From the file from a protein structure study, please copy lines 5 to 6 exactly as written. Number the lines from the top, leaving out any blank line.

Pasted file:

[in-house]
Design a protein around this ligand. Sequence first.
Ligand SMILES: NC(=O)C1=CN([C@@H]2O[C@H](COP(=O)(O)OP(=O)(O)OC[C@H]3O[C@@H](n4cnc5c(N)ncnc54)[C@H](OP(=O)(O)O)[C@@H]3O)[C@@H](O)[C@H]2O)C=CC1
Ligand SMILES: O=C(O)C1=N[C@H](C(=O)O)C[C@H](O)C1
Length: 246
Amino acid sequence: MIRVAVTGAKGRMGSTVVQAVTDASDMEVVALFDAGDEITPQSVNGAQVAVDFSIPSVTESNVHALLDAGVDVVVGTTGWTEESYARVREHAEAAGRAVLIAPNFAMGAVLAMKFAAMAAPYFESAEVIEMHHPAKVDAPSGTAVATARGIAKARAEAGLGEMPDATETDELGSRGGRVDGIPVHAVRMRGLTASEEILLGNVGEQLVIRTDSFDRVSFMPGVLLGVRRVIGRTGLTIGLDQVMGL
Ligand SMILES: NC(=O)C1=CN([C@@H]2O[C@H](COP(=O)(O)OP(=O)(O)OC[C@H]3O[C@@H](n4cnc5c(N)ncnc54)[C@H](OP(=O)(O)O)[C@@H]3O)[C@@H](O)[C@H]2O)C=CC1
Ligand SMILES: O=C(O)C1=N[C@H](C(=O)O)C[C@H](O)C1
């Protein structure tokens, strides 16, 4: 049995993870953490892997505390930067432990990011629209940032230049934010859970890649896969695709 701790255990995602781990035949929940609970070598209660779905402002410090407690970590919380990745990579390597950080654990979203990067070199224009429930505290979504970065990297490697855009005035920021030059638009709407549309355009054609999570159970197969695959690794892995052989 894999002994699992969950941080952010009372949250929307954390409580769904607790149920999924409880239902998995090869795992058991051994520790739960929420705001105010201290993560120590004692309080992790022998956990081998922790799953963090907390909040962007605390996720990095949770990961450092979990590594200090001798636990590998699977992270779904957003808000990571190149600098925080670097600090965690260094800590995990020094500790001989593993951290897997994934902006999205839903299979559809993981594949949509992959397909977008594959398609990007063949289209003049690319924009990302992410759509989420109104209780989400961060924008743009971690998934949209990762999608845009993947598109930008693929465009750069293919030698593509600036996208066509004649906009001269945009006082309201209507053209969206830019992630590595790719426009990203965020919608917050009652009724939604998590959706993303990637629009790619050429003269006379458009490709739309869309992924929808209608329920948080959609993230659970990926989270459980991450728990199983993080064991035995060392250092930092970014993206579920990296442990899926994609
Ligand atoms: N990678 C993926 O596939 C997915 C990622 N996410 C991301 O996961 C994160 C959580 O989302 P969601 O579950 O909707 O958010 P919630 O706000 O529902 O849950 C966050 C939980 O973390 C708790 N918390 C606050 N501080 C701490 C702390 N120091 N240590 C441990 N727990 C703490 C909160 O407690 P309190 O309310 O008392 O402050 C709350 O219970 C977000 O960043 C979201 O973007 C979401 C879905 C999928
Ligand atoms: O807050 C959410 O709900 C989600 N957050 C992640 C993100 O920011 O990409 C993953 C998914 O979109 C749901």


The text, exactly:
Length: 246
Amino acid sequence: MIRVAVTGAKGRMGSTVVQAVTDASDMEVVALFDAGDEITPQSVNGAQVAVDFSIPSVTESNVHALLDAGVDVVVGTTGWTEESYARVREHAEAAGRAVLIAPNFAMGAVLAMKFAAMAAPYFESAEVIEMHHPAKVDAPSGTAVATARGIAKARAEAGLGEMPDATETDELGSRGGRVDGIPVHAVRMRGLTASEEILLGNVGEQLVIRTDSFDRVSFMPGVLLGVRRVIGRTGLTIGLDQVMGL